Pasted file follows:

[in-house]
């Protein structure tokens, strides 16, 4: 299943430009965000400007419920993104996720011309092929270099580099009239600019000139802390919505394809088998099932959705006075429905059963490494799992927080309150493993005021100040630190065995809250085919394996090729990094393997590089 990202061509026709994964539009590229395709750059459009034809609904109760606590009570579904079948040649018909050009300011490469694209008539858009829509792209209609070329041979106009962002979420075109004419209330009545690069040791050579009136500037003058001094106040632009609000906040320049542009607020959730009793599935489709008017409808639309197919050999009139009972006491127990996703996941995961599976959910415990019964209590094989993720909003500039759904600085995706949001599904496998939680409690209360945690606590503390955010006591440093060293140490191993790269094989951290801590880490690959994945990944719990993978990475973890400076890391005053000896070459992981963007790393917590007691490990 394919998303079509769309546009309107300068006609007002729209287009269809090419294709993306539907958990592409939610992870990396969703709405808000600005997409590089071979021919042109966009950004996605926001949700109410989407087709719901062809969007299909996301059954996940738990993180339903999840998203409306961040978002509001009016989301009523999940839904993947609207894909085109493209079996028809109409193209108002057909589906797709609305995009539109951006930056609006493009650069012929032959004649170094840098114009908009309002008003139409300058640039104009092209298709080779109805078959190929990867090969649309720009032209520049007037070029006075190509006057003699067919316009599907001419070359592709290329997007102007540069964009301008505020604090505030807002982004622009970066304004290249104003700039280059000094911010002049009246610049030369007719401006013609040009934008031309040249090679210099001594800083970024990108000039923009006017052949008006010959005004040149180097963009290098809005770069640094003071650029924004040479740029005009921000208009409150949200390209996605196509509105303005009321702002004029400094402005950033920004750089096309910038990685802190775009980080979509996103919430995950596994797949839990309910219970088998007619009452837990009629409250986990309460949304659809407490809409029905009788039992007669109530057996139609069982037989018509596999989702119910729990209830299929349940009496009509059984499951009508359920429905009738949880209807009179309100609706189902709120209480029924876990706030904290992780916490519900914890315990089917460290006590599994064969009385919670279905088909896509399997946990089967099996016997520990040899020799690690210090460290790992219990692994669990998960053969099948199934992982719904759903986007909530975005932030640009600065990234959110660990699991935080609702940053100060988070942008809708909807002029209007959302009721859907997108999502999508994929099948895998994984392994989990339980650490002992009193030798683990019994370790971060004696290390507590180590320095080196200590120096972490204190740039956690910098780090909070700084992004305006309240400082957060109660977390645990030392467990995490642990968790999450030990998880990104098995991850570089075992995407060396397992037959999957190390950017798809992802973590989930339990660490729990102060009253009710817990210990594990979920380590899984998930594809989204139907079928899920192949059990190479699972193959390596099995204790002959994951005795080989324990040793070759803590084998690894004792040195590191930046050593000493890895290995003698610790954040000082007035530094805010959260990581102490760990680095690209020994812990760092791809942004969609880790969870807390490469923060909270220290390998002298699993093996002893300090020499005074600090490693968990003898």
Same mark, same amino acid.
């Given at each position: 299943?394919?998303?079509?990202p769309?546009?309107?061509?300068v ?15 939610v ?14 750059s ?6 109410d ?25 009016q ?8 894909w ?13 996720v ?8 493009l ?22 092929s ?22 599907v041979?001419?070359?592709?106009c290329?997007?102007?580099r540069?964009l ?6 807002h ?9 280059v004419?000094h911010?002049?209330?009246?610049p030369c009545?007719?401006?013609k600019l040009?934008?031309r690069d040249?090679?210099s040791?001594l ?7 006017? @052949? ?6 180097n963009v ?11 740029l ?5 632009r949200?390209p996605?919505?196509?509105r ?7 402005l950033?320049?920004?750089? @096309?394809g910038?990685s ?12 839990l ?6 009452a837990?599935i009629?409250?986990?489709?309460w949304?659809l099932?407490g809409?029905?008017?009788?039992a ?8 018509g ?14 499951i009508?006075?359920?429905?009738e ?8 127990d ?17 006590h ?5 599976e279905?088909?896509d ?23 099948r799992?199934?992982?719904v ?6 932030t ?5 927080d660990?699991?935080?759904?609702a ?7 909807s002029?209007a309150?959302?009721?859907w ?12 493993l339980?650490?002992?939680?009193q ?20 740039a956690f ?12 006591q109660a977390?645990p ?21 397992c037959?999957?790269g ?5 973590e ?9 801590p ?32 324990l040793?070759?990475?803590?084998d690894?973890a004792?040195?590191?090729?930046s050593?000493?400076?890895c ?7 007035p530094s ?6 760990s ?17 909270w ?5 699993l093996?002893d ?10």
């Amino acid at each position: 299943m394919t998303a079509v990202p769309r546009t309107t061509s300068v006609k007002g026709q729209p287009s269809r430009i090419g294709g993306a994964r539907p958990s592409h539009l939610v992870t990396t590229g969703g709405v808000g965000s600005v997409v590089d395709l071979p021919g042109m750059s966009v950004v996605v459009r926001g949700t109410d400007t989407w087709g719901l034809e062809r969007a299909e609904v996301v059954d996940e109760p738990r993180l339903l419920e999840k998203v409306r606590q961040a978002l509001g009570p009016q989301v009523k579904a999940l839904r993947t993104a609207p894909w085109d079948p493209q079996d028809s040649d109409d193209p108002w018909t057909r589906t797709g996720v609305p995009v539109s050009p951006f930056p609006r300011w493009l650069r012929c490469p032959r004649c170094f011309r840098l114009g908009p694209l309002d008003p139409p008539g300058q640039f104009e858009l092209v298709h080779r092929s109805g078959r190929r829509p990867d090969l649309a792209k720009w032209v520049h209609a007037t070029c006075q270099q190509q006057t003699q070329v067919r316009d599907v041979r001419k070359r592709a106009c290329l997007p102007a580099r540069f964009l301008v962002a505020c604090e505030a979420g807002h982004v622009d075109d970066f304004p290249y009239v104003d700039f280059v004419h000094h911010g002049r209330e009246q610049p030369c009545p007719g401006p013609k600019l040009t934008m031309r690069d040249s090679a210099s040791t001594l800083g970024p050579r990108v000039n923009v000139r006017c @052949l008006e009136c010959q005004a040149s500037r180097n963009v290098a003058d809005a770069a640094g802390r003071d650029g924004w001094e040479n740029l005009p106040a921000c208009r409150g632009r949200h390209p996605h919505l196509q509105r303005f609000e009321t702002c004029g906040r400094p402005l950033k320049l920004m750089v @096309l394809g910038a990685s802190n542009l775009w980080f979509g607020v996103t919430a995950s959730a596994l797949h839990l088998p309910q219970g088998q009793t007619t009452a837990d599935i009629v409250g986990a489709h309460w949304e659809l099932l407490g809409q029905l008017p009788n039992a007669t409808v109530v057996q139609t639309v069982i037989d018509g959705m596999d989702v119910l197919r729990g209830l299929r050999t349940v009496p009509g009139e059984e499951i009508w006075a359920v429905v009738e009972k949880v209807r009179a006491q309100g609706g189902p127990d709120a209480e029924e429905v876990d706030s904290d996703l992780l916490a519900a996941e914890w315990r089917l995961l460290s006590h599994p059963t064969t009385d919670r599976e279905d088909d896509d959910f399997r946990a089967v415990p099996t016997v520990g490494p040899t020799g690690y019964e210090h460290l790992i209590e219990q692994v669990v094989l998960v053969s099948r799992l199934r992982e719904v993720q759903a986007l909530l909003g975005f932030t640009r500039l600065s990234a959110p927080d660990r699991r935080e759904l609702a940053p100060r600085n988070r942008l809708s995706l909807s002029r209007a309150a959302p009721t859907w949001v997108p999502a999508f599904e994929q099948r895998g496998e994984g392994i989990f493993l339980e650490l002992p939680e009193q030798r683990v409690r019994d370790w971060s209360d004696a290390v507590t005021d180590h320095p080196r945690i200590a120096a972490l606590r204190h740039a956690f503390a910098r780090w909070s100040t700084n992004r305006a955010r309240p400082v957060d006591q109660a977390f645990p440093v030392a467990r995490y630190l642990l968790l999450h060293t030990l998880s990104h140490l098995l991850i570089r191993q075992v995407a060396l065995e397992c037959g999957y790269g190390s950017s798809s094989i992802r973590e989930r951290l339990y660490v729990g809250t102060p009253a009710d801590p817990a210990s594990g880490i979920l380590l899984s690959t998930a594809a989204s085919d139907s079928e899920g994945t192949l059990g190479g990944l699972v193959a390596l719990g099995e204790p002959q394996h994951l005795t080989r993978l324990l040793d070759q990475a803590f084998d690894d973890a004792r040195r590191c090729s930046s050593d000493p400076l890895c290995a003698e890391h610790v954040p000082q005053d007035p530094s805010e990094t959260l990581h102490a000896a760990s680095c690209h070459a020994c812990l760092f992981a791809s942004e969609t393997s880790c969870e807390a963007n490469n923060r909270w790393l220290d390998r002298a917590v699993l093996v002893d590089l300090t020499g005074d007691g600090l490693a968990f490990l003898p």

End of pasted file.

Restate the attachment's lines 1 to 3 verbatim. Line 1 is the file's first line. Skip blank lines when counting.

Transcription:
[in-house]
């Protein structure tokens, strides 16, 4: 299943430009965000400007419920993104996720011309092929270099580099009239600019000139802390919505394809088998099932959705006075429905059963490494799992927080309150493993005021100040630190065995809250085919394996090729990094393997590089 990202061509026709994964539009590229395709750059459009034809609904109760606590009570579904079948040649018909050009300011490469694209008539858009829509792209209609070329041979106009962002979420075109004419209330009545690069040791050579009136500037003058001094106040632009609000906040320049542009607020959730009793599935489709008017409808639309197919050999009139009972006491127990996703996941995961599976959910415990019964209590094989993720909003500039759904600085995706949001599904496998939680409690209360945690606590503390955010006591440093060293140490191993790269094989951290801590880490690959994945990944719990993978990475973890400076890391005053000896070459992981963007790393917590007691490990 394919998303079509769309546009309107300068006609007002729209287009269809090419294709993306539907958990592409939610992870990396969703709405808000600005997409590089071979021919042109966009950004996605926001949700109410989407087709719901062809969007299909996301059954996940738990993180339903999840998203409306961040978002509001009016989301009523999940839904993947609207894909085109493209079996028809109409193209108002057909589906797709609305995009539109951006930056609006493009650069012929032959004649170094840098114009908009309002008003139409300058640039104009092209298709080779109805078959190929990867090969649309720009032209520049007037070029006075190509006057003699067919316009599907001419070359592709290329997007102007540069964009301008505020604090505030807002982004622009970066304004290249104003700039280059000094911010002049009246610049030369007719401006013609040009934008031309040249090679210099001594800083970024990108000039923009006017052949008006010959005004040149180097963009290098809005770069640094003071650029924004040479740029005009921000208009409150949200390209996605196509509105303005009321702002004029400094402005950033920004750089096309910038990685802190775009980080979509996103919430995950596994797949839990309910219970088998007619009452837990009629409250986990309460949304659809407490809409029905009788039992007669109530057996139609069982037989018509596999989702119910729990209830299929349940009496009509059984499951009508359920429905009738949880209807009179309100609706189902709120209480029924876990706030904290992780916490519900914890315990089917460290006590599994064969009385919670279905088909896509399997946990089967099996016997520990040899020799690690210090460290790992219990692994669990998960053969099948199934992982719904759903986007909530975005932030640009600065990234959110660990699991935080609702940053100060988070942008809708909807002029209007959302009721859907997108999502999508994929099948895998994984392994989990339980650490002992009193030798683990019994370790971060004696290390507590180590320095080196200590120096972490204190740039956690910098780090909070700084992004305006309240400082957060109660977390645990030392467990995490642990968790999450030990998880990104098995991850570089075992995407060396397992037959999957190390950017798809992802973590989930339990660490729990102060009253009710817990210990594990979920380590899984998930594809989204139907079928899920192949059990190479699972193959390596099995204790002959994951005795080989324990040793070759803590084998690894004792040195590191930046050593000493890895290995003698610790954040000082007035530094805010959260990581102490760990680095690209020994812990760092791809942004969609880790969870807390490469923060909270220290390998002298699993093996002893300090020499005074600090490693968990003898």
Same mark, same amino acid.